For beginners in resin-based 3D printing, it is recommended you start with a standard resin, which is designed to be easy to use. Standard resin usually has a moderate curing time, which means you will not have to rush your printing process. This resin comes in a number of colours, with different types of strengths and hardness, which will also be something a beginner can experiment with. When you are more confident with your resin 3D printing abilities, you might look at switching to different resins, such as laser resin. The type of resin you choose will also depend on the curing method the printer you have uses, such as UV light or daylight curing, so this will be good to keep in mind.

No matter what type of resin you use, it is important to follow safety guidelines when handling and curing resin. We recommend you work in a well ventilated area, where possible, and wear appropriate personal protective equipment, such as rubber gloves and safety glasses.

Creating bigger 3D prints

When you are first starting on your 3D printing journey, you will probably stick to smaller prints for a while. This will help you learn how your 3D printer works and what to expect when printing. However, it is important to also take into consideration that you might eventually start printing bigger 3D objects. The print surface of a 3D printer can range from round to square and the sizes can vary. The prices of 3D printers will also depend on these factors.

Prices you’re willing to pay

As a beginner 3D printer, there is no need to spend an unnecessary amount of money. In fact, we suggest you buy the bare necessities when first starting out, unless you are absolutely certain that you are going to continue 3D printing for years. The prices of 3D printers can range anywhere from €200 to €15,000 +, so perhaps a higher range 3D printer is something you might look at when you become a more confident 3D printer!

We have a number of 3D starter kits with everything you need to get started, all at very affordable prices. By purchasing one of our bundles, starting your 3D printing journey should not be too expensive.

By taking these six tips into consideration, you should be able to get a better idea of exactly what type of 3D printer you are looking for.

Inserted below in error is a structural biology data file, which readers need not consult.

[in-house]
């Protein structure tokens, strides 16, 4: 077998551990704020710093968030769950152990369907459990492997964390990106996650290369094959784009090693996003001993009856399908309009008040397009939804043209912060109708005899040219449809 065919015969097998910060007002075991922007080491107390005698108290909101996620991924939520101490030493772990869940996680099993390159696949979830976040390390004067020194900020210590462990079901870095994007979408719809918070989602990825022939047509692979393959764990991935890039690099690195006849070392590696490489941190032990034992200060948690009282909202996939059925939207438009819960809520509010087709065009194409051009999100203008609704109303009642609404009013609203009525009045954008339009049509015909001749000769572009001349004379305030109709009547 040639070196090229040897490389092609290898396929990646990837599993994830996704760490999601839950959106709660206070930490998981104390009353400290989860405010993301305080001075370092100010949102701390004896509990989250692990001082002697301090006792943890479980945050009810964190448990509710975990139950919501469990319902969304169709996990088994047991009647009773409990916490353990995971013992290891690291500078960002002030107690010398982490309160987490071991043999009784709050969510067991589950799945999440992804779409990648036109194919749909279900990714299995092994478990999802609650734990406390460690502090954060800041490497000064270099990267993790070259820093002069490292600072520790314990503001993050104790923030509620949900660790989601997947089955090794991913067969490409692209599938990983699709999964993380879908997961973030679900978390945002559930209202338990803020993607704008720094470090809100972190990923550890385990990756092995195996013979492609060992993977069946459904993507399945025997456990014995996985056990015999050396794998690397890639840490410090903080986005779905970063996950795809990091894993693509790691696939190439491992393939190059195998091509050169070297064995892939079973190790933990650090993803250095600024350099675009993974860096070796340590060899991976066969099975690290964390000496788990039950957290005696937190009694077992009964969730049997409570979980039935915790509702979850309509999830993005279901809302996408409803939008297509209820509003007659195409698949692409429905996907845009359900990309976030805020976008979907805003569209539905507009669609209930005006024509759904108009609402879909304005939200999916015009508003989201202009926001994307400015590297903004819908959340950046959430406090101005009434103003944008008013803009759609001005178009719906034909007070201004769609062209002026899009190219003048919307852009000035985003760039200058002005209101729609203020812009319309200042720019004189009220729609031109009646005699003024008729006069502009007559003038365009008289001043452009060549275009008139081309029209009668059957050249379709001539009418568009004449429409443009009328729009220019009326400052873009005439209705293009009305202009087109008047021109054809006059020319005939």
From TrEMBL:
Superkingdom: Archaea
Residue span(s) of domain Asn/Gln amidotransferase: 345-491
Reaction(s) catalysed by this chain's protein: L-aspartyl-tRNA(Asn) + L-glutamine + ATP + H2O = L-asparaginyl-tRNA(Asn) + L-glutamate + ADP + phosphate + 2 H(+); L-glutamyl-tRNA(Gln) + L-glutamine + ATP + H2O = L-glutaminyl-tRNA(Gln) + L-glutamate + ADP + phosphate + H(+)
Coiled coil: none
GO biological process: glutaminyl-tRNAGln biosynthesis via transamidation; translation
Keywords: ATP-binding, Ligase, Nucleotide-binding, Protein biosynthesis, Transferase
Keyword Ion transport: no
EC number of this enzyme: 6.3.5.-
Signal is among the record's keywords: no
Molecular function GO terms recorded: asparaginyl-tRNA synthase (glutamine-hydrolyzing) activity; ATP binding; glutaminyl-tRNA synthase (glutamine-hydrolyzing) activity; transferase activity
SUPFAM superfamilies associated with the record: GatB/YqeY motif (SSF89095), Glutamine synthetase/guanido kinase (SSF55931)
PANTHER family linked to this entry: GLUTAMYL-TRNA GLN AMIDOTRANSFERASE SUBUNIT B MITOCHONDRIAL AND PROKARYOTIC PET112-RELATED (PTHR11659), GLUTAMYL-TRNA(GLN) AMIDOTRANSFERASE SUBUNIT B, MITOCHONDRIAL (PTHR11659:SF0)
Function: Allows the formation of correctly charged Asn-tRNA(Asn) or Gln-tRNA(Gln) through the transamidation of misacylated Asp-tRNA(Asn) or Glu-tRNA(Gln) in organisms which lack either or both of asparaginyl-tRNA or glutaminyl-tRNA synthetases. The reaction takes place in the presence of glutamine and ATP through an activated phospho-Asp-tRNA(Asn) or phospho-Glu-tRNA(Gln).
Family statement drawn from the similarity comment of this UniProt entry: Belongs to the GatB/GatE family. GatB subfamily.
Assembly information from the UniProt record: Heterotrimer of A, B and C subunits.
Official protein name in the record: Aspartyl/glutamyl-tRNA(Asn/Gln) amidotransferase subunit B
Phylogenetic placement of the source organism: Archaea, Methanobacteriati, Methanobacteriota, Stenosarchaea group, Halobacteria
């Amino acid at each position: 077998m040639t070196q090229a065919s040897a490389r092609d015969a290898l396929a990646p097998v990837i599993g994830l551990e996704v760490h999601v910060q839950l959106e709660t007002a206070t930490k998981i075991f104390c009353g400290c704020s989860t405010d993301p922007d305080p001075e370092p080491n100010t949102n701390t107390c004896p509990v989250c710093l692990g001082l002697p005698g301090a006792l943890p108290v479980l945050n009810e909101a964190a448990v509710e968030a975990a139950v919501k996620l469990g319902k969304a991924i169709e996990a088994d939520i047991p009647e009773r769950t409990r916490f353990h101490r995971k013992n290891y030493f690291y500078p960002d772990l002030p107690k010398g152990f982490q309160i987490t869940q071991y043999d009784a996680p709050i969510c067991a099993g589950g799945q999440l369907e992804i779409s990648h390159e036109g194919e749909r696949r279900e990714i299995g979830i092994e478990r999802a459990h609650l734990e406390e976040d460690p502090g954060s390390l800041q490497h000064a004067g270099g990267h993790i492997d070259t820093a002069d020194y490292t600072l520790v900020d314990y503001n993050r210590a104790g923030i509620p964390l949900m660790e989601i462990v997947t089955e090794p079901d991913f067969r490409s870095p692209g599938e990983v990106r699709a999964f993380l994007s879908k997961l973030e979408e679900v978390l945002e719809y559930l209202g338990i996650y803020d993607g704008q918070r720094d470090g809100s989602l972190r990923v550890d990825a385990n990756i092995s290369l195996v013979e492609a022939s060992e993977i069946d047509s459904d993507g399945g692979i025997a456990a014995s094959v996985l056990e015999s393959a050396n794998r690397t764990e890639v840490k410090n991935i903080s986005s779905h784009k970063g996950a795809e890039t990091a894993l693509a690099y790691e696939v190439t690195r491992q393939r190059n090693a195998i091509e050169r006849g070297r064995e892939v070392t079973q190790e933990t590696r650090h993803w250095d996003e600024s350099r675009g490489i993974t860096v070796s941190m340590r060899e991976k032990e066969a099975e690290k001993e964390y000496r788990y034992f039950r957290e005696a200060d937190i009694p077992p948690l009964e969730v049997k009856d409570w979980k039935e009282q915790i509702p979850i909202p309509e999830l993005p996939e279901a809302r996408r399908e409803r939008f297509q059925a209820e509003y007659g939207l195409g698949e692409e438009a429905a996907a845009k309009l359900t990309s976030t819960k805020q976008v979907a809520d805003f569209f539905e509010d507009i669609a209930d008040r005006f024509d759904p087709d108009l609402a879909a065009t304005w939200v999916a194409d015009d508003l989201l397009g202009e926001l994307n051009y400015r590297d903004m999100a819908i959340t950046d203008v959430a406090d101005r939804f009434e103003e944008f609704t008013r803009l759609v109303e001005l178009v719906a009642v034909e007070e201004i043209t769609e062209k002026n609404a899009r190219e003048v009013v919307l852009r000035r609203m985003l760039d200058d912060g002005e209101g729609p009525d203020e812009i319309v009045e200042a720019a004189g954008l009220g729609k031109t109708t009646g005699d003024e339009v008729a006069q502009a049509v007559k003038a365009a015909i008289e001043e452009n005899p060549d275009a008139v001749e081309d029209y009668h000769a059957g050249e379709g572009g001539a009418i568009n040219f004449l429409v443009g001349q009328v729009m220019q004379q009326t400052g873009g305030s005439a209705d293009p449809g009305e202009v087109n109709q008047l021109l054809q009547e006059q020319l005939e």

Our top 3D printer picks

If you feel you’re ready to purchase your 3D printer, then why not have a look at our 3D printer comparison page. You will see our top three FDM/FFF printers and SLA/DLP printers that are perfect to get you started on your 3D printing journey here. However, if you have a specific 3D printer already in mind, then you might find it amongst our range of 3D printers.

FDM/FFF printers

Print Volume
(L x B x H)
Camera Network Heated Bed Filament diameter
Creality 3D Ender-3 V2
22 x 22 x 25 No No Yes 1.75mm
Creality 3D Ender-3 S1 Plus
65.5 x 55.7 x 53.5 No No Yes 1.75mm
Creality 3D Ender-5 S1
57 x 42.5 x 46 No No Yes 1.75mm

SLA/DLP printers

Print Volume
(L x B x H)
Camera Network Light Source
Elegoo Mars 3 Pro
14.3 x 8.9 x 17.5 No No UV-LCD
Anycubic 3D Photon Mono X
12 x 19.2 x 24.5 No No UV-LED
Elegoo Saturn S
19.6 x 12.2 x 21 No Yes (Ethernet) UV-LCD

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Common Questions

What 3D printer is suitable for beginners?

We have picked our top 5 3D printers, which are not too expensive and suitable for beginners. You will find a number of 3D printers here that are suitable for beginners, but the 3D printer best suited to you depends on exactly what you are looking for.

Is it expensive to start 3D printing?

When first starting out, 3D printing can be a little expensive, but by choosing one of our 3D beginner kits, you should be able to cut costs. Rather than buying every product imaginable, start with what you really need. Your 3D printer, a spool of filament (or bottle of resin), adhesive spray and a cleaning brush are usually what we would recommend.

Can I learn how to 3D print at home?

While it might seem daunting, it is possible to learn how to 3D print at home. There are a number of videos and blogs that will help you along your way and Thingiverse will give you an endless amount of ideas for objects to print! Practice makes perfect, so it might take some time before you 3D print something you are 100% happy with. And don’t forget, our Help Centre is a great resource for advice and troubleshooting tips.

If you have any questions, contact us and our 3D specialist will be happy to help!